Angels is a little different from most of my assignments. Usually, I’m given a manuscript or outline of a book and I work out what the scenes are going to be, what is going to pop up, and then work with the illustrator on the project to work out the final product. In the case of Angels, Chuck Fischer is orchestrating the book. While not a paper engineer, he does have a good pop up vision for each spread and provides a sketch of that image. So I work with him to realize that as a finished pop up. Sometimes we push each other back and forth to make them better, exploring new ideas until we are both in agreement as to what the pop will be. Chuck then illustrates the pops. We’ve followed this formula for three books, and now a fourth. In almost all pop up books, however, the painting doesn’t begin until the pops are worked out, making sure that the pops will open and close over and over. I’ll experiment with paper sculptures and provide those along with tracings of each piece for the illustrator to follow. Then I do the computer work as well, inputting scans of the work, tweaking them in photoshop when necessary, drawing the die lines (the cookie cutter patterns), and working with the printer to make sure the final book matches the work as intended.
How long does it take to complete a book like this from start to finish?
A book usually takes a year from beginning to end. In my case, I usually have three or four projects working simultaneously. So there is a lot of leapfrogging, a spread for that book, then a spread for this one, all while the other members of the team do their parts. All in a very cyclical fashion, keeping the books moving along constantly.
How is a book like ANGELS mass produced? Is it all done by machine or is there some human involvement?
ALL pop up books are hand assembled after having been printed and diecut! Sometimes there might be a force of hundreds working on a single book. Pop up books are produced in Asia: Hong Kong, Thailand and the Philippines. The printers actually will build a factory with dormitories. The assemblers might stay there for the work week and return to their homes on the weekends. These people are extremely talented and, might I add, patient! I can’t imagine having the patience to mass produce upwards of 100,000 copies of anything by hand, piece by piece!
Do you have any input in the artwork that is used or are you given a completed book to transform?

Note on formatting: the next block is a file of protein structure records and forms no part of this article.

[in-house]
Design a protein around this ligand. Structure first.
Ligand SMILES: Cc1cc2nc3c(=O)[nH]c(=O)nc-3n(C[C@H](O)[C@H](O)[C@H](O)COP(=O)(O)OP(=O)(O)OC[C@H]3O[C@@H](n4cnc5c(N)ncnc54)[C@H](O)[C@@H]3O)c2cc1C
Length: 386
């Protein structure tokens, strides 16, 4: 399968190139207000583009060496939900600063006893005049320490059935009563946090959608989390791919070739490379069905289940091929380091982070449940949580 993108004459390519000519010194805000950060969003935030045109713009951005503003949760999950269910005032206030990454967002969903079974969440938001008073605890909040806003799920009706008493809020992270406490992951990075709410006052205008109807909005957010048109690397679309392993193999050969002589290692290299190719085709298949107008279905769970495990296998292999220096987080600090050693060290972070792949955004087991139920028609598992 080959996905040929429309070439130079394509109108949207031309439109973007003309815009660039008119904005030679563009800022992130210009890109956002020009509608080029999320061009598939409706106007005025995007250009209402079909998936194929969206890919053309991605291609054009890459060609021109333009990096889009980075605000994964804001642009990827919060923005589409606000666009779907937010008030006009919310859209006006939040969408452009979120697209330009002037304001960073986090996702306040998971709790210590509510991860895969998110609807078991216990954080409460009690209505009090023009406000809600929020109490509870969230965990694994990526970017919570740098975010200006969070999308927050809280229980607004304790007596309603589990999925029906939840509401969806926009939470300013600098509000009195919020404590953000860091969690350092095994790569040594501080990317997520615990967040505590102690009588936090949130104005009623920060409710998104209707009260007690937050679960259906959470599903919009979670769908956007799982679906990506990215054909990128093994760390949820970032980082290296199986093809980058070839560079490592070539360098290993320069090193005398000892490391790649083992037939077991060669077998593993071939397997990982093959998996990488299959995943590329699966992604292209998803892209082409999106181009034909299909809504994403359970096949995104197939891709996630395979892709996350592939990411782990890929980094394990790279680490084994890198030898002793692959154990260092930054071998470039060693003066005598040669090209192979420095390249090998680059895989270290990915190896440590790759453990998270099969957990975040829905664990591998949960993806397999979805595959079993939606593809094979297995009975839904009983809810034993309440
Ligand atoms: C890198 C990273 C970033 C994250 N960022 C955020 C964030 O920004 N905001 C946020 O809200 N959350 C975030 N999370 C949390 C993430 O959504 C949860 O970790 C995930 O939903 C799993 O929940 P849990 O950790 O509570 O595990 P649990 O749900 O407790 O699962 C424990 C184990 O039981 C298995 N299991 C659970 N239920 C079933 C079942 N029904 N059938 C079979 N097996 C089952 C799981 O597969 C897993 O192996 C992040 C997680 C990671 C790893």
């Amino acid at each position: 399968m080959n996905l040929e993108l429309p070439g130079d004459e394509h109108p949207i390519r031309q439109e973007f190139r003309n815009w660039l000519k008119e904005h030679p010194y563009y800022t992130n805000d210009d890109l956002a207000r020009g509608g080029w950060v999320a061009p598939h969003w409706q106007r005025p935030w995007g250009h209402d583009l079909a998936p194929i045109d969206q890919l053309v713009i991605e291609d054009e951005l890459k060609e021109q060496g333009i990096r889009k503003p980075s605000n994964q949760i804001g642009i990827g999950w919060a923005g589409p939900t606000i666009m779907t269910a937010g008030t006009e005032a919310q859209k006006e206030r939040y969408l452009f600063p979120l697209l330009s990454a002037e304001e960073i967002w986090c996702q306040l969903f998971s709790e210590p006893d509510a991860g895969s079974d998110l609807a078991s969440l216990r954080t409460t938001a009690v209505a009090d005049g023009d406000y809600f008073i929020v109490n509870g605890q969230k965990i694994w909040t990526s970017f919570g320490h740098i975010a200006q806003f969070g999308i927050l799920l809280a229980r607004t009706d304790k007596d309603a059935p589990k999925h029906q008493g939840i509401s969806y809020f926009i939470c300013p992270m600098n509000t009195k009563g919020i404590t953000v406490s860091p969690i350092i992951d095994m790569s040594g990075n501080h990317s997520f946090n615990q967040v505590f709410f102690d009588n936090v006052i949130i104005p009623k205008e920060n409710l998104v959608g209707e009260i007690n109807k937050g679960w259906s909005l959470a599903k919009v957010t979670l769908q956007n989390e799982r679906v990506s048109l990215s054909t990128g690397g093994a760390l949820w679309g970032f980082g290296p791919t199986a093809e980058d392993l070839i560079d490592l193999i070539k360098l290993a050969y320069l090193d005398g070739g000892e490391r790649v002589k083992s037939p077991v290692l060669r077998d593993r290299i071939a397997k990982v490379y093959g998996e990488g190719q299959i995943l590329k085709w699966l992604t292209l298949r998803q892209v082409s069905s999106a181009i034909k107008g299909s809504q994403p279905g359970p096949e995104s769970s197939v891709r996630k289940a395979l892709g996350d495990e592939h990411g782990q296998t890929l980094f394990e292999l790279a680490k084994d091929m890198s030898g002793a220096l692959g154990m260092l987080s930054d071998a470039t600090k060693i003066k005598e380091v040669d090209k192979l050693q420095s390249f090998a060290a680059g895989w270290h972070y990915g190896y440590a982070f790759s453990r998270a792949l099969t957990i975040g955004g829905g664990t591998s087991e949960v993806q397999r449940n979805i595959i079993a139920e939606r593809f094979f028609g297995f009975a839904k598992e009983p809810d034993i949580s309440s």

Rarely am I given a finished work to transform into pop ups. Imagine: a pop up is made of PIECES that are assembled into a finished whole, while most books are made using finished paintings of a scene. For example, if I have a character that needs to move his hand from the front of his body to swing outward, I will need a body without that arm, and also that arm as a separate piece. It makes so much more sense for the illustrator to paint the pieces as needed by the pop up rather than the pop up to follow a single piece of art. That said, I HAVE had to do so! For the Sports Illustrated Kids book, I was given a selection of photos of the sports scene we wanted to feature. So I had to study the photos not only for composition, but action, and keep in mind that someone would have to do heavy Photoshop retouching to remove elements and fill in the missing areas. I’ve done that myself on a few books like my Hindu Altars pop up, but in this case, Sports Illustrated Kids has some really talented artists who were able to do amazing things in the computer.
What do paper engineers do besides pop-up books?
It depends on the paper engineer. Most paper engineers get into this because they were illustrators first and wanted their work to pop. So they can do other kinds of illustration besides pop ups. In my case, I came into this as a designer first, so I know how to work with this as kinetic sculpture and direct the illustrators. In my case, I’ve been fortunate the past four years doing this full time, although before that did popups on weekends and nights while working as an art director by day. Talk about burning the candle at both ends! It’s still a very small field. I’d guess that there are fewer than a couple dozen people in the entire world who are lucky enough to do this day in and day out!
I find the world of paper engineering fascinating and I’d like to thank Bruce for taking the time out of his busy schedule to answer my questions.
Anna of Hachette Books is generously allowing me to give away THREE copies of Angels by Chuck Fischer with paper engineering done by Bruce Foster. To enter to win a copy, simply leave a comment on this post. Contest is open to US and Canadian residents only (no PO Boxes, please). I will use random.org to determine the winner. Contest ends at midnight EST, Friday November 27, 2009. Winner will be announced on Saturday, November 28, 2009.